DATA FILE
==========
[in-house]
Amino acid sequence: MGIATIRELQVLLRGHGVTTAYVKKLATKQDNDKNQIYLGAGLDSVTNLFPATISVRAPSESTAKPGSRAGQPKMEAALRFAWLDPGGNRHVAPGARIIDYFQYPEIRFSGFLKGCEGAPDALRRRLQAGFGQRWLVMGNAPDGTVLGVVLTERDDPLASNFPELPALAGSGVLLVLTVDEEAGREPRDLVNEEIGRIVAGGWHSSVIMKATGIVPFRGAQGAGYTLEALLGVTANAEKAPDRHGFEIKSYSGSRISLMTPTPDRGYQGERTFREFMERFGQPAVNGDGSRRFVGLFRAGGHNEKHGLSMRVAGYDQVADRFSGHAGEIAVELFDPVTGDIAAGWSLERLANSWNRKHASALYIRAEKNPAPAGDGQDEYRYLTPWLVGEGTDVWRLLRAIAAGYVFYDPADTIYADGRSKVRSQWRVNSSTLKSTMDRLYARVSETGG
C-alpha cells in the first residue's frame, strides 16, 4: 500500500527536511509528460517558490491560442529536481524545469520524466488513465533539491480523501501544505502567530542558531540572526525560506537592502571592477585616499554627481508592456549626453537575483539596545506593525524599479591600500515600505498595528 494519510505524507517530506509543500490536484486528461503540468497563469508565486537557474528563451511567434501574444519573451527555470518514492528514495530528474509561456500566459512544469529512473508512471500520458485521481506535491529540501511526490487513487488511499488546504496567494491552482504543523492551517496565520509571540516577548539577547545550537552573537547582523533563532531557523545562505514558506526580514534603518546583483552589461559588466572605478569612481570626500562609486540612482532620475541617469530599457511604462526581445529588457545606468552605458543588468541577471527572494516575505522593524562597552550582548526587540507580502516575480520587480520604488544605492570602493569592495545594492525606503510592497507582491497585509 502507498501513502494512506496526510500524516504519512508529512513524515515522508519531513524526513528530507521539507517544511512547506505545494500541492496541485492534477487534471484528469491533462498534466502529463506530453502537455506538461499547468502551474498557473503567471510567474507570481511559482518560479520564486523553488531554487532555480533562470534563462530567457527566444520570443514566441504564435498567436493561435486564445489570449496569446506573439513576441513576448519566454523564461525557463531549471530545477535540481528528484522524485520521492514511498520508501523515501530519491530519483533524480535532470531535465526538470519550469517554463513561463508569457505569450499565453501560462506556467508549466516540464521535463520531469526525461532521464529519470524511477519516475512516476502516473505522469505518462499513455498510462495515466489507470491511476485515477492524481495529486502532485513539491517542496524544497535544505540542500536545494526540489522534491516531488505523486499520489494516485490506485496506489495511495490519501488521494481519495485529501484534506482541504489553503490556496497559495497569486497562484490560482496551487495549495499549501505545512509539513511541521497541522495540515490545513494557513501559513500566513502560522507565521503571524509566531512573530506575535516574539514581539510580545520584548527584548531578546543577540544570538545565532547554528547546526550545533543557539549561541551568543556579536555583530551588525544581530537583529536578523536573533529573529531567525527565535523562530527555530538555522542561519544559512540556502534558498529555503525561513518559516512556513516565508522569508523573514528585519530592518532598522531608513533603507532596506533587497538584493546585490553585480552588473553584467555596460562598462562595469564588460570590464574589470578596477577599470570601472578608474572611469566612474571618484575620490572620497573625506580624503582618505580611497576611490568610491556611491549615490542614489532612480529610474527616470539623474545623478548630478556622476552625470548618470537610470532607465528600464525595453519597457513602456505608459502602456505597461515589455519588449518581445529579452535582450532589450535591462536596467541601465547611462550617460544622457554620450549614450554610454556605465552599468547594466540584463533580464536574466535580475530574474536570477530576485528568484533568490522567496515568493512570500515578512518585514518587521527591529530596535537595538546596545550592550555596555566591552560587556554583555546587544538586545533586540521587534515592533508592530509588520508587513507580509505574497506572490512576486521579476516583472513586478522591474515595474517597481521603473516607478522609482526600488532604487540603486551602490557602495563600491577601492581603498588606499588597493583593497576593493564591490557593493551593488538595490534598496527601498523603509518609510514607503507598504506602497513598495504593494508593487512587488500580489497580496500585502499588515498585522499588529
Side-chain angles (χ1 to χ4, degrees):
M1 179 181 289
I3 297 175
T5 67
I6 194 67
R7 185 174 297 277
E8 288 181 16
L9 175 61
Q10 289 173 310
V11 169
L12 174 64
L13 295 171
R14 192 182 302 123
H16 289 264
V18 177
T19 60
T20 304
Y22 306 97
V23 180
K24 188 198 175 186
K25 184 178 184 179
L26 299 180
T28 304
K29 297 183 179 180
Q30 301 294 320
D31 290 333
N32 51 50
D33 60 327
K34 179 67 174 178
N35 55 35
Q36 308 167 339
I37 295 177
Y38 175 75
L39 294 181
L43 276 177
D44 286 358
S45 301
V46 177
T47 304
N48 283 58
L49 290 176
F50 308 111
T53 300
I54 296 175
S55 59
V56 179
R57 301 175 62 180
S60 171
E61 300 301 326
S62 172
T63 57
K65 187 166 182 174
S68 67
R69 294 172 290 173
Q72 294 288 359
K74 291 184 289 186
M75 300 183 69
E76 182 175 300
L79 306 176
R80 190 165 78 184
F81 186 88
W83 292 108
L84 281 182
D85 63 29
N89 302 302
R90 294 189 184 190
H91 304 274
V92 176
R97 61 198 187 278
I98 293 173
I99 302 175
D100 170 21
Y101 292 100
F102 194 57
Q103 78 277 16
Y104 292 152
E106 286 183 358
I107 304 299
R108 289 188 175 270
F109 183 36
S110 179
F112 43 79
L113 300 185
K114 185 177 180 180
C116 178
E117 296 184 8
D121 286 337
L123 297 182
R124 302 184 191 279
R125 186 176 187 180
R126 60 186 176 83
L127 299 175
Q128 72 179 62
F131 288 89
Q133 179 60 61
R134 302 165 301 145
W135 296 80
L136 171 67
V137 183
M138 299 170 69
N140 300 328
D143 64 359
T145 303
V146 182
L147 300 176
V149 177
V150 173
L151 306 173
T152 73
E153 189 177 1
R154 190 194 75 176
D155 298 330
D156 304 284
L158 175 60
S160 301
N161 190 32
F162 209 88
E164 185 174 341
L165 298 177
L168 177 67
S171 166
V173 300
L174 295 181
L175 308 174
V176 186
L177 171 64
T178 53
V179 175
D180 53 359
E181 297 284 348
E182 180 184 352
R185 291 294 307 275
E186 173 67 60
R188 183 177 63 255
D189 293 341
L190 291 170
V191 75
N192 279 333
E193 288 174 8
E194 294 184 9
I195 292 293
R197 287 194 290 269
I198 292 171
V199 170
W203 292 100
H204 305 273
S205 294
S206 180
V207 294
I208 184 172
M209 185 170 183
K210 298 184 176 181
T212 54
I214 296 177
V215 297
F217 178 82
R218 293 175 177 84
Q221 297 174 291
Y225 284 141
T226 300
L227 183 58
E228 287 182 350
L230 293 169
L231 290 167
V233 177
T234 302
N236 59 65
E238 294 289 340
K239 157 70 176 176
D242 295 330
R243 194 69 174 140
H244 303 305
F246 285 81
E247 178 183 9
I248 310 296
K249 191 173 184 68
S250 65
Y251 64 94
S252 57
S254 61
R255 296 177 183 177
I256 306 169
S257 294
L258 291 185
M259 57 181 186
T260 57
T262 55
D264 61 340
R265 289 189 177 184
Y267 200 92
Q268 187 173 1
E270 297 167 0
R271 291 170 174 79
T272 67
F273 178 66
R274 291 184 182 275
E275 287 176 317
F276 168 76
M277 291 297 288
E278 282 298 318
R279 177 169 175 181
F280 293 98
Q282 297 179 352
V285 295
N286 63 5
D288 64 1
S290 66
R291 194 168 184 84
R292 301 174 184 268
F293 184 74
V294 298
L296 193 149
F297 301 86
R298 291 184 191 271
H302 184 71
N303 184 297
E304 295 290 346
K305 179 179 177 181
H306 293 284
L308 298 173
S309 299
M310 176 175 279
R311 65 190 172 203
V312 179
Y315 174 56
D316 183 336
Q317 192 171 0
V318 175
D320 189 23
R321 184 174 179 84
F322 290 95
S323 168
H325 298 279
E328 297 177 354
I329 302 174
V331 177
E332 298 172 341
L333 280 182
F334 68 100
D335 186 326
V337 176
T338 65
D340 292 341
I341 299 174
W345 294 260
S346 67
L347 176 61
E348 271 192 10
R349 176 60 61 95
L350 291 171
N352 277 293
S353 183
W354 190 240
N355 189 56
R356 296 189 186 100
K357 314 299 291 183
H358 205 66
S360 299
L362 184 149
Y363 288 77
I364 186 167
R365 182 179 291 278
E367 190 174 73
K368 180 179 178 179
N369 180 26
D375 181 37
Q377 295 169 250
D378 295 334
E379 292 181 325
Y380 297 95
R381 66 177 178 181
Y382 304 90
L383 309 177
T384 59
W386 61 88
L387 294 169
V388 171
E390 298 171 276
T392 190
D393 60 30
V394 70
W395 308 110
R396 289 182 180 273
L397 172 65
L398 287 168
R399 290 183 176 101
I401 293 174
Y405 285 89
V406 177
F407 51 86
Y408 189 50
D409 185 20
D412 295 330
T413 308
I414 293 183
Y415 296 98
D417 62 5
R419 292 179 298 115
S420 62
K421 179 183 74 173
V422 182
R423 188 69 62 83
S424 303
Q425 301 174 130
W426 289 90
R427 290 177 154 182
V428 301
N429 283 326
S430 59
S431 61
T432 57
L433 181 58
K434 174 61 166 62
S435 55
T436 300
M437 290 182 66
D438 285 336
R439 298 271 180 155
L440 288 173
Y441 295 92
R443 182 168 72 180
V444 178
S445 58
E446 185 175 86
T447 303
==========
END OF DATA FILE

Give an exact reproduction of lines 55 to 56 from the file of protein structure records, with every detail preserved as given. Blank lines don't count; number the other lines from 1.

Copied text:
K65 187 166 182 174
S68 67